"The guy can't be a free agent for two more years," said an executive of one club. "So technically, [Friedman] can argue that he doesn't really have to move him until July of 2015. That's a long time from now."
And technically, the Rays also can afford to pay Price over the next two years if they choose to, although it would force them to make sacrifices in other areas. Teams and agents we've surveyed expect that if he goes year to year, he would earn between $30 million to $37 million in his final two seasons of arbitration eligibility, depending on how well he pitches next season. And that's not crazy money, not in an era when Scott Kazmir is collecting $11 million a year.
So the approach other clubs are hearing from Tampa Bay is: "If we don't get exactly what we want, we'll keep him. Period." And they admit that if the Rays were to drop Price into the July trading-deadline market, they could actually end up raking in a bigger return than they'd get if they deal him right now. So they can wait, even if they'd prefer not to.
"One thing about Andrew is, he never acts like he has to do something," said one of the executives quoted earlier. "And that's because he never does. … They're always trying to win, but they never have to win. Not the way the Yankees have to win, or the Dodgers have to win, or the Red Sox have to win. They don't have to, because they're never expected to. They win 90 every year, but people never act like they're supposed to.
"So he's in a great spot. He will work it until he gets the very best deal he can make."
But, on the other hand …
"He says he doesn't have to trade him, but realistically, he does," another rival executive said of Friedman. "They're not going to pay the guy $20 million-plus [in 2015] as a five-plus arbitration guy. Their whole model is built on trading these guys and replenishing [their depth of high-end young talent]. And they're going to do it again with Price. You know they are. That's what they do."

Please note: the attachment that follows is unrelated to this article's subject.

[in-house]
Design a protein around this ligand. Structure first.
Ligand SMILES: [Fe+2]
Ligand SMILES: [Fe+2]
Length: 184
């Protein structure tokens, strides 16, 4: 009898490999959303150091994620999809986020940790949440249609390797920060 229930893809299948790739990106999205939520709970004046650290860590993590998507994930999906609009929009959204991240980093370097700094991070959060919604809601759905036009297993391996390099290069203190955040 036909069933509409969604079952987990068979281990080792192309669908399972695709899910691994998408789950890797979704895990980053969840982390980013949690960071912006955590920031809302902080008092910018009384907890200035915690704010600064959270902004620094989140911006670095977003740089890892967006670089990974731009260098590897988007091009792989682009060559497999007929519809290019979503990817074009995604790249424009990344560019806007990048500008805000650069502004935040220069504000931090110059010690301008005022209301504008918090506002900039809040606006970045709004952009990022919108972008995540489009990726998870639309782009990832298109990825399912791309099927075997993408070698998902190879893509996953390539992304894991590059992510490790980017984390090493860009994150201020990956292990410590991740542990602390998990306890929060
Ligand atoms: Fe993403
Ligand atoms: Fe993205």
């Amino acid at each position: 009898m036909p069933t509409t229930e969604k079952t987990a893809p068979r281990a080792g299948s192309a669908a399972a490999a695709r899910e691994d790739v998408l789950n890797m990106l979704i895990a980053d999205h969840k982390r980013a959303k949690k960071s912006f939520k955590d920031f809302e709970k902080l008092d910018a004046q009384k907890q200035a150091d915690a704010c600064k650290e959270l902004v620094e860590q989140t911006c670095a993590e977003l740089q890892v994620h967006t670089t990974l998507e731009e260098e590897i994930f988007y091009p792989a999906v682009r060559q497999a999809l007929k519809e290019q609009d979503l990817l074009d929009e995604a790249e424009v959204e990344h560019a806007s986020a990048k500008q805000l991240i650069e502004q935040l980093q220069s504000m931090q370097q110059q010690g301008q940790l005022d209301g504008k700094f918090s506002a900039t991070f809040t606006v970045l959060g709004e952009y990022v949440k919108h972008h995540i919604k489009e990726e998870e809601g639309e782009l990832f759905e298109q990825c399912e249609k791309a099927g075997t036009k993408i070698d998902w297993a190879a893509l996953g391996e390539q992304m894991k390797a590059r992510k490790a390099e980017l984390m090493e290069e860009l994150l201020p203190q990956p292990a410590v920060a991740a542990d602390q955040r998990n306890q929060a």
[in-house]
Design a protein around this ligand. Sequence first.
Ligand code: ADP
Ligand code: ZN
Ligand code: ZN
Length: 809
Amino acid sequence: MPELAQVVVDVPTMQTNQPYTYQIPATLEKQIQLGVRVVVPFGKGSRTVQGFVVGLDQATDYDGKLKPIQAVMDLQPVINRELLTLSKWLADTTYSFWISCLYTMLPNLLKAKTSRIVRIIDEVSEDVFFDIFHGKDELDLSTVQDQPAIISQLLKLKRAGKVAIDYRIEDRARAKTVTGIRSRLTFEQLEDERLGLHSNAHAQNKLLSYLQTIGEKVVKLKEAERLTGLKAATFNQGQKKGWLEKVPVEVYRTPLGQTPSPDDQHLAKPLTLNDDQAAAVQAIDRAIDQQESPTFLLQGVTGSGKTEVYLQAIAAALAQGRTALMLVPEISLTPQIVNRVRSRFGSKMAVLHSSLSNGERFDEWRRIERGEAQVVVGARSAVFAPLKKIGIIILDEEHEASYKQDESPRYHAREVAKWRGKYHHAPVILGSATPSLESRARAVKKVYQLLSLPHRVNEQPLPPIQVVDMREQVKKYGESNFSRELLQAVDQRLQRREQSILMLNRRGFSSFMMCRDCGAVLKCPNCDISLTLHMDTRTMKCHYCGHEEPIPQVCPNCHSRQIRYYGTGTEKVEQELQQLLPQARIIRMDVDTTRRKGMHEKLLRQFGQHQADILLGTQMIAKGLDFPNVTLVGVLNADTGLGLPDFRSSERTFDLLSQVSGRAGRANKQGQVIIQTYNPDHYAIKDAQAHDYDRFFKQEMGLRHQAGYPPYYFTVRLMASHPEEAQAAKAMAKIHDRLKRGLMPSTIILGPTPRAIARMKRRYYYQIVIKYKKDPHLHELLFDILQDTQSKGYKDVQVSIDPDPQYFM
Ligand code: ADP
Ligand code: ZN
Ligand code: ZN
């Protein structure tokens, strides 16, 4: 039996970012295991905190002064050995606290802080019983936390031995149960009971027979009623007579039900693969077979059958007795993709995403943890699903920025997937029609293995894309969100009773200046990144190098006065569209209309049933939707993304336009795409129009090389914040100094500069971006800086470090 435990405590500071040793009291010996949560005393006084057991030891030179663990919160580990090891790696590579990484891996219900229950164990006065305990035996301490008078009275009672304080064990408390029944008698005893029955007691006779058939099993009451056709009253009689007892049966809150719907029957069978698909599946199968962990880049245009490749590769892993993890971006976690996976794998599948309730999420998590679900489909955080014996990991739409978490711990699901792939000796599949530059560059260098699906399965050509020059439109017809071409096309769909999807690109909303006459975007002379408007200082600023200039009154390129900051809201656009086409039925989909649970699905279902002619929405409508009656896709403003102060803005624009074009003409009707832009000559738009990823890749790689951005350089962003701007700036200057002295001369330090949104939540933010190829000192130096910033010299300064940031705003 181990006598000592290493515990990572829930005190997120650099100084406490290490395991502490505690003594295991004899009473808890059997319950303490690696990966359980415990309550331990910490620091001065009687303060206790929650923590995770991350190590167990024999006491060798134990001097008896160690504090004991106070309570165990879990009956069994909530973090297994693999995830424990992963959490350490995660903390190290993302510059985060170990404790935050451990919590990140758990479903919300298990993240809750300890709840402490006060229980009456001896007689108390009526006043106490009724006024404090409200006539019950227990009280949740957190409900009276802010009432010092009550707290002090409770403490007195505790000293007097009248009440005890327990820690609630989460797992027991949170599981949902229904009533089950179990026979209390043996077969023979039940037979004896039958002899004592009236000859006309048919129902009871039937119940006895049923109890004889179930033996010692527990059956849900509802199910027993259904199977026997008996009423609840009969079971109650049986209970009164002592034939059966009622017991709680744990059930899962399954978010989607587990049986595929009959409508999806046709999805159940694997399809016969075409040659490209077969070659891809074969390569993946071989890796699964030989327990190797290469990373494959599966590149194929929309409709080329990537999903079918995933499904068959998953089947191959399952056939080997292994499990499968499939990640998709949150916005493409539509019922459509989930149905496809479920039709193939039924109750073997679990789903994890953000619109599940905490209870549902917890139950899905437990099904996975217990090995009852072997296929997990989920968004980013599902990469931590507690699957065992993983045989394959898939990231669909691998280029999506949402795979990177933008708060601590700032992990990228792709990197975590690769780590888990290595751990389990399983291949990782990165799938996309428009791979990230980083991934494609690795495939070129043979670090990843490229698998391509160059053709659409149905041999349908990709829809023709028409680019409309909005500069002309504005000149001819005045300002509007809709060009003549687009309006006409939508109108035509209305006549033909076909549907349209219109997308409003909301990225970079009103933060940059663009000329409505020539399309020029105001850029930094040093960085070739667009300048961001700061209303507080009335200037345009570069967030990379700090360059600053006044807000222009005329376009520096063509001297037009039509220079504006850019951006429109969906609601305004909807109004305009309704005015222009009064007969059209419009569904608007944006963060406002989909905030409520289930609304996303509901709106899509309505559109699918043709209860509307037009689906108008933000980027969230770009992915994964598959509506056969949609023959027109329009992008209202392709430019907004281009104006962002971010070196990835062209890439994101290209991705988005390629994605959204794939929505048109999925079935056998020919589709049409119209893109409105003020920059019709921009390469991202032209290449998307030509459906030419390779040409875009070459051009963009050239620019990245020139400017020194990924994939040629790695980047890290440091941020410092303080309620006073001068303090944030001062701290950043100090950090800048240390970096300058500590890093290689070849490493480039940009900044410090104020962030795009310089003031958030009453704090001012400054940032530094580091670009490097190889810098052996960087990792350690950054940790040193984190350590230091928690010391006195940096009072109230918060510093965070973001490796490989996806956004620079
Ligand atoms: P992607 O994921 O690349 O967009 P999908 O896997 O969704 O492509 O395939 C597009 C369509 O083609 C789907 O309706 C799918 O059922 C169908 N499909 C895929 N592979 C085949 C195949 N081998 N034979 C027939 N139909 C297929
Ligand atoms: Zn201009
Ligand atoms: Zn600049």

What the Rays actually do, because it's what they need to do to survive, is spend life in a never-ending balancing act. In column A, there's the long term. In column B, there's the short term. So whatever they get back for David Price has to do such a spectacular job of maintaining their ability to torment the Yankees and Red Sox over the next five years that it makes it worth their while to give up the chance to win a World Series by keeping him next year. Got it?
So when you hear one interested party say, "Andrew is going for the Herschel Walker trade," you know the Mariners would pretty much have to start the bidding with Taijuan Walker. And the Rangers would have to understand they can't keep Jurickson Profar and make this deal. And if the Dodgers won't talk about someone like Corey Seager, they won't get far, either.
Now it's true that, as Insider's Mike Petriello wrote on this site the other day, there have been very, very few trades -- of former Cy Youngs or any other starters -- that got that big or included prospects that glittering. And when you add in the unlikely scenario that a team trading for Price would have a chance to negotiate an extension first, it makes those elite prospects even harder for any team to include.